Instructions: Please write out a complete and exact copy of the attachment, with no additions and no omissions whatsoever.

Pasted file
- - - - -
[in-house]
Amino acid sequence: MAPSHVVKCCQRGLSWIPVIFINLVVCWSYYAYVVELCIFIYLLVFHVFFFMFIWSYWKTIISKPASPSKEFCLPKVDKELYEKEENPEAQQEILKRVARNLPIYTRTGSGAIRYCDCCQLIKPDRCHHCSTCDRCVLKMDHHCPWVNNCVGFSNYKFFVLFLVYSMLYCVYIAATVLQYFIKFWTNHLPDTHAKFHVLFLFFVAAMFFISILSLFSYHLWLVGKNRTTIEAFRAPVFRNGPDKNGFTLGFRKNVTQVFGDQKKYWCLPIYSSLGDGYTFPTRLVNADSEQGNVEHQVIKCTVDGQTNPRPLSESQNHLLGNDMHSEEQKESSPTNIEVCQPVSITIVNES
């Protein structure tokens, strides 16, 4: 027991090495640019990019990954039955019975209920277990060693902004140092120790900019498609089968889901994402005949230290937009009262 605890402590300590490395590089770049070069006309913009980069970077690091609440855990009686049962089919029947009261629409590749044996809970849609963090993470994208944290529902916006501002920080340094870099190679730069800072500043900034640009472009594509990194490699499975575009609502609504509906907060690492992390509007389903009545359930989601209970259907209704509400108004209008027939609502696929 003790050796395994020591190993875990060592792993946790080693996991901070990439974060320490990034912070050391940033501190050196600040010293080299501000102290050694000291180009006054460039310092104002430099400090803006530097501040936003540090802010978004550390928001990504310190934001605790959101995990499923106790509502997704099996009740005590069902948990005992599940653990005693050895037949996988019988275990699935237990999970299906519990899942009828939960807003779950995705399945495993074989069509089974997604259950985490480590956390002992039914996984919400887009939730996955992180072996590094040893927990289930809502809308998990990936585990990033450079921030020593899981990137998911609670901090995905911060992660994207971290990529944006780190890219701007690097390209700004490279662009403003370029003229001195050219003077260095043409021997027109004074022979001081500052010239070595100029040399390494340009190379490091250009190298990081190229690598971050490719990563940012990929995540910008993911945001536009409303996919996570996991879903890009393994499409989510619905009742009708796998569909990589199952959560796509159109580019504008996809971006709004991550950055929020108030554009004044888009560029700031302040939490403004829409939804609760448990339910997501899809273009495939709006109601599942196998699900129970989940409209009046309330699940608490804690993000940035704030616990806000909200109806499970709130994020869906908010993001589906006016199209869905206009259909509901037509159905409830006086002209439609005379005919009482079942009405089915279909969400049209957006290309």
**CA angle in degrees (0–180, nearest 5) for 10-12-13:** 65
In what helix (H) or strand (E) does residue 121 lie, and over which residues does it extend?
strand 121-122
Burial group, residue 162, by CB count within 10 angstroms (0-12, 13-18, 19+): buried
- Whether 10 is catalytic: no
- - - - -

[in-house]
Amino acid sequence: MAPSHVVKCCQRGLSWIPVIFINLVVCWSYYAYVVELCIFIYLLVFHVFFFMFIWSYWKTIISKPASPSKEFCLPKVDKELYEKEENPEAQQEILKRVARNLPIYTRTGSGAIRYCDCCQLIKPDRCHHCSTCDRCVLKMDHHCPWVNNCVGFSNYKFFVLFLVYSMLYCVYIAATVLQYFIKFWTNHLPDTHAKFHVLFLFFVAAMFFISILSLFSYHLWLVGKNRTTIEAFRAPVFRNGPDKNGFTLGFRKNVTQVFGDQKKYWCLPIYSSLGDGYTFPTRLVNADSEQGNVEHQVIKCTVDGQTNPRPLSESQNHLLGNDMHSEEQKESSPTNIEVCQPVSITIVNES
């Protein structure tokens, strides 16, 4: 027991090495640019990019990954039955019975209920277990060693902004140092120790900019498609089968889901994402005949230290937009009262 605890402590300590490395590089770049070069006309913009980069970077690091609440855990009686049962089919029947009261629409590749044996809970849609963090993470994208944290529902916006501002920080340094870099190679730069800072500043900034640009472009594509990194490699499975575009609502609504509906907060690492992390509007389903009545359930989601209970259907209704509400108004209008027939609502696929 003790050796395994020591190993875990060592792993946790080693996991901070990439974060320490990034912070050391940033501190050196600040010293080299501000102290050694000291180009006054460039310092104002430099400090803006530097501040936003540090802010978004550390928001990504310190934001605790959101995990499923106790509502997704099996009740005590069902948990005992599940653990005693050895037949996988019988275990699935237990999970299906519990899942009828939960807003779950995705399945495993074989069509089974997604259950985490480590956390002992039914996984919400887009939730996955992180072996590094040893927990289930809502809308998990990936585990990033450079921030020593899981990137998911609670901090995905911060992660994207971290990529944006780190890219701007690097390209700004490279662009403003370029003229001195050219003077260095043409021997027109004074022979001081500052010239070595100029040399390494340009190379490091250009190298990081190229690598971050490719990563940012990929995540910008993911945001536009409303996919996570996991879903890009393994499409989510619905009742009708796998569909990589199952959560796509159109580019504008996809971006709004991550950055929020108030554009004044888009560029700031302040939490403004829409939804609760448990339910997501899809273009495939709006109601599942196998699900129970989940409209009046309330699940608490804690993000940035704030616990806000909200109806499970709130994020869906908010993001589906006016199209869905206009259909509901037509159905409830006086002209439609005379005919009482079942009405089915279909969400049209957006290309």
**CA angle in degrees (0–180, nearest 5) for 10-12-13:** 65
In what helix (H) or strand (E) does residue 121 lie, and over which residues does it extend?
strand 121-122
Burial group, residue 162, by CB count within 10 angstroms (0-12, 13-18, 19+): buried
- Whether 10 is catalytic: no